I'd recommend picking up the original DESPERADOES mini-series from Jeff Mariotte and a much greener John Cassaday. It's still beautiful work, but there are some rough spots that get smoothed out in the years following.
All six issues of Chuck Dixon and Dave Ross' BREAKDOWN are up for sale, at just 99 cents a shot. That was a part of a larger overall superhero initiative at Devil's Due that didn't last too long.
Most significantly, Pullbox On-Line offers trade paperbacks through its site, too. You can pick up the first three trades of Art Baltazar's PATRICK THE WOLF BOY through there, or Josh Blaylock's HOW TO SELF-PUBLISH COMICS.
The most surprising entry in the on-line catalog is FAMILY GUY. I never would have thought a major third party licensor like that would agree to publishing comics digitally.
Prices for comics start at 99 cents, and range upward depending on page count. The biggest trade paperback I could find ran $5, and a couple others are cheaper than that.
Comics are available in both PDF and CBR format at the same price.
I ended up going for a sampler including the DRAFTED Preview book (for only a quarter!), Blaylock's HOW TO SELF-PUBLISH tome, Tim Seeley's HOW TO BE A COMIC BOOK ARTIST, and LOVEBUNNY & MR. HELL #3. That last one featured a guest appearance by The Savage Dragon and art from Tim Seeley. For 99 cents, I thought I'd take a chance on that. As big a DRAGON fan as I am, I never picked it up.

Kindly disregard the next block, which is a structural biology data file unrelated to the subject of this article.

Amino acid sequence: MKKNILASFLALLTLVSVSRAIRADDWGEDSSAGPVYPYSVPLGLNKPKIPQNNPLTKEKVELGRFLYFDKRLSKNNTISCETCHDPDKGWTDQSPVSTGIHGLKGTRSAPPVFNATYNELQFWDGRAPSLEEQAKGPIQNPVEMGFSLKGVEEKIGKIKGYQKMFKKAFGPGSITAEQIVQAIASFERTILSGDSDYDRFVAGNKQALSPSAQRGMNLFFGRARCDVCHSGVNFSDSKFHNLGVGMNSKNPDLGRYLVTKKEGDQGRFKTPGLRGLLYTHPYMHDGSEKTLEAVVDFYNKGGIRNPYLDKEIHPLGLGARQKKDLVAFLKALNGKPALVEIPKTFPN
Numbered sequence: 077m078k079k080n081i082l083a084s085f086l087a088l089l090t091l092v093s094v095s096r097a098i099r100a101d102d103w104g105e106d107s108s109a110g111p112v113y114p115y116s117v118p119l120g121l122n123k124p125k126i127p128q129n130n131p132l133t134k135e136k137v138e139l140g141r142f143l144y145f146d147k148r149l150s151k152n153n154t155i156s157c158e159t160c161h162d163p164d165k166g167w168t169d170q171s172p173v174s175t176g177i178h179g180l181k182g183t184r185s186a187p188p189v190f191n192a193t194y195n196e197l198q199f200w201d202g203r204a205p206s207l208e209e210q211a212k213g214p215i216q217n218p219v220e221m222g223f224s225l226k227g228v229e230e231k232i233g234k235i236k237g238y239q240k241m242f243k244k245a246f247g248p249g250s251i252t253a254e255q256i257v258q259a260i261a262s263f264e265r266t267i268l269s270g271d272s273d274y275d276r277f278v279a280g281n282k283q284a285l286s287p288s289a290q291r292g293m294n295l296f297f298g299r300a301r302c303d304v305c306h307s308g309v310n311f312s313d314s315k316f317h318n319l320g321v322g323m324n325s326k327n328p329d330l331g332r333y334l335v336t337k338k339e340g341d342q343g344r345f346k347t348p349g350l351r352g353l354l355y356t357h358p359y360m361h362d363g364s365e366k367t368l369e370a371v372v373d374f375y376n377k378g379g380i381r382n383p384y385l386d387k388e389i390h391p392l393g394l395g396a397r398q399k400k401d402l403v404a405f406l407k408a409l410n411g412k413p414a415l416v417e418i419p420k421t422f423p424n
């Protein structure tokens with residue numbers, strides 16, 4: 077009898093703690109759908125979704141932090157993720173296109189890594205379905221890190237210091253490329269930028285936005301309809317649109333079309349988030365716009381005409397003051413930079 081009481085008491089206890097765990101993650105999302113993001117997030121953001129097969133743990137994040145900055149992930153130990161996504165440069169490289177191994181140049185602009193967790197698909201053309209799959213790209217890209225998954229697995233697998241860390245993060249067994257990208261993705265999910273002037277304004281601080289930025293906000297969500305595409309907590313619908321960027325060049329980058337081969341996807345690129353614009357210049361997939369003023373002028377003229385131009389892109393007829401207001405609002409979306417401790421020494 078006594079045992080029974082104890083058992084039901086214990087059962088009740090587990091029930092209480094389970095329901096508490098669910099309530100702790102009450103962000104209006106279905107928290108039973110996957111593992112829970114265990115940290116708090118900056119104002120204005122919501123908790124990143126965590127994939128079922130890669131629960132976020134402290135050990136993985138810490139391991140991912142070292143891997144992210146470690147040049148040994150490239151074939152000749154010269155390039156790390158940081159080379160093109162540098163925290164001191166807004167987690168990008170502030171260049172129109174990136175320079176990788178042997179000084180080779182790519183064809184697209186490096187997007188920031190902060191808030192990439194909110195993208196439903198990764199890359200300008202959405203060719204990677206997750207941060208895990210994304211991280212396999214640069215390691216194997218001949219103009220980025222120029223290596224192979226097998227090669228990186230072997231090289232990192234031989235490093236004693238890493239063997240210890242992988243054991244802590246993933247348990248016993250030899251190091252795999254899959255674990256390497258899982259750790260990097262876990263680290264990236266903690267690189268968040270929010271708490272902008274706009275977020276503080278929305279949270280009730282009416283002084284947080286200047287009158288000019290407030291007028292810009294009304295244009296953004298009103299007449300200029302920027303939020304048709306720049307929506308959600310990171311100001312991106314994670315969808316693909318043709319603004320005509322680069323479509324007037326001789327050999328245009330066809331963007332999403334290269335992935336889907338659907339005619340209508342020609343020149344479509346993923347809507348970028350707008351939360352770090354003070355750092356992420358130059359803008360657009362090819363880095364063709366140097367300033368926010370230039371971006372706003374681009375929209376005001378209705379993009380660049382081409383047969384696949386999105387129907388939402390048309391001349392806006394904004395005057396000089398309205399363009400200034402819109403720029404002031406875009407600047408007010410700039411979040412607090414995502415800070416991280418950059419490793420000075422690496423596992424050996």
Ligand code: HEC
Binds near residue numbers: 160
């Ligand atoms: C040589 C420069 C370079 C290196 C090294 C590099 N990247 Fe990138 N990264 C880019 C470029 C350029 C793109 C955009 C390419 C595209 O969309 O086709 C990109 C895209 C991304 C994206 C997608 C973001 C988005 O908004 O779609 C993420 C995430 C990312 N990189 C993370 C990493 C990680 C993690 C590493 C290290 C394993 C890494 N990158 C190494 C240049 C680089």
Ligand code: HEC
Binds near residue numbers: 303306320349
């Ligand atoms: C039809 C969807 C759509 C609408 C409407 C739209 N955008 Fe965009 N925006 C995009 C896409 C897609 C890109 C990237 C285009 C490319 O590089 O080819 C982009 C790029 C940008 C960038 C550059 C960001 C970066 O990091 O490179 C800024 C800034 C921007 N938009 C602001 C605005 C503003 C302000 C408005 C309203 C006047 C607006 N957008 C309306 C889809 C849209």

The check out process is one step more complicated than a EyeMelt. At Pullbox On-Line, you need to register for an account first. More disappointingly, they don't take PayPal. It's only credit cards -- the same cards as mentioned for EyeMelt, leading me to believe both sites use the same system for their credit card transactions.
After that, though, the routine is the same. Complete your order, check your in-box, click on links to download the comics. With PullboxLine.com, I received the e-mail instantly and had downloaded the books within five minutes of their purchase. Gotta love digital distribution!
Again, I ordered all PDF versions of the comics, and they look great on my screen. Each comic includes a page at the end warning against piracy. It's a perfectly legitimate screen that just points out the book was purchased through the site and if you received it some other way, please consider going to the site to support the artists and buy a copy for yourself. It doesn't quote legalese or make threats. It encourages you to do the right thing. Smart move!
Right now, there's still no "iTunes for comics." Call me a cynic, but I doubt we'll ever seen one, either. There are too many companies (namely Marvel and DC) with big egos and pocketbooks that won't allow for building something together or sharing anything. You'll see some smaller publishers banding together here and there, but I'm afraid they'll never all realize the power of one stop shopping and cross-promotion. They don't have fleeting physical shelf space to compete with each other on when it comes to digital distribution. It's a shame. It reminds me a bit of the Blu Ray/HD-DVD battle going on in the home theater world right now. I think you'll just have dual formats there until digital downloads. And I think the comics world will have multiple download sites, too. The music industry is not terribly dissimilar.
But, for the relatively few options they offer, I can't fault either of the two stores I mentioned above for their ease of use and quality of end product. If you can bring yourself to reading a comic on a computer screen, they're very attractive options. I hope they're just the first step on a short road to greater on-line distribution. This is an industry that can use all the distribution it can get.